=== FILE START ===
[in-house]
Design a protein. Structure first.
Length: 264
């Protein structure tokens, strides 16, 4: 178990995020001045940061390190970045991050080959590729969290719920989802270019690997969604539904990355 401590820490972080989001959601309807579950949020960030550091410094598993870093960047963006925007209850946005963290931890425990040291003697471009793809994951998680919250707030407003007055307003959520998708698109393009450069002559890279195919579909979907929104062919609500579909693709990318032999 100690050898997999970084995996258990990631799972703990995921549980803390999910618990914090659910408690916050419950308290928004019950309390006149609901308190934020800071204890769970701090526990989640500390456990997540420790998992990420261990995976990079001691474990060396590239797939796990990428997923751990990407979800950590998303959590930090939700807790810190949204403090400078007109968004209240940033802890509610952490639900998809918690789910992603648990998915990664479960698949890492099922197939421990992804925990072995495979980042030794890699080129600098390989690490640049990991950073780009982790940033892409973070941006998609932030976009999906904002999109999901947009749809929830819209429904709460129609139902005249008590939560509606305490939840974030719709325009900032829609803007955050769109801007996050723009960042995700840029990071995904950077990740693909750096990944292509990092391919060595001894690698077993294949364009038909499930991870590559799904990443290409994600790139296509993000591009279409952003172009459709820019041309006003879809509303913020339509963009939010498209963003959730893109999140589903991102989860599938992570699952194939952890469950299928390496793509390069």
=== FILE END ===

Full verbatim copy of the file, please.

[in-house]
Design a protein. Structure first.
Length: 264
């Protein structure tokens, strides 16, 4: 178990995020001045940061390190970045991050080959590729969290719920989802270019690997969604539904990355 401590820490972080989001959601309807579950949020960030550091410094598993870093960047963006925007209850946005963290931890425990040291003697471009793809994951998680919250707030407003007055307003959520998708698109393009450069002559890279195919579909979907929104062919609500579909693709990318032999 100690050898997999970084995996258990990631799972703990995921549980803390999910618990914090659910408690916050419950308290928004019950309390006149609901308190934020800071204890769970701090526990989640500390456990997540420790998992990420261990995976990079001691474990060396590239797939796990990428997923751990990407979800950590998303959590930090939700807790810190949204403090400078007109968004209240940033802890509610952490639900998809918690789910992603648990998915990664479960698949890492099922197939421990992804925990072995495979980042030794890699080129600098390989690490640049990991950073780009982790940033892409973070941006998609932030976009999906904002999109999901947009749809929830819209429904709460129609139902005249008590939560509606305490939840974030719709325009900032829609803007955050769109801007996050723009960042995700840029990071995904950077990740693909750096990944292509990092391919060595001894690698077993294949364009038909499930991870590559799904990443290409994600790139296509993000591009279409952003172009459709820019041309006003879809509303913020339509963009939010498209963003959730893109999140589903991102989860599938992570699952194939952890469950299928390496793509390069």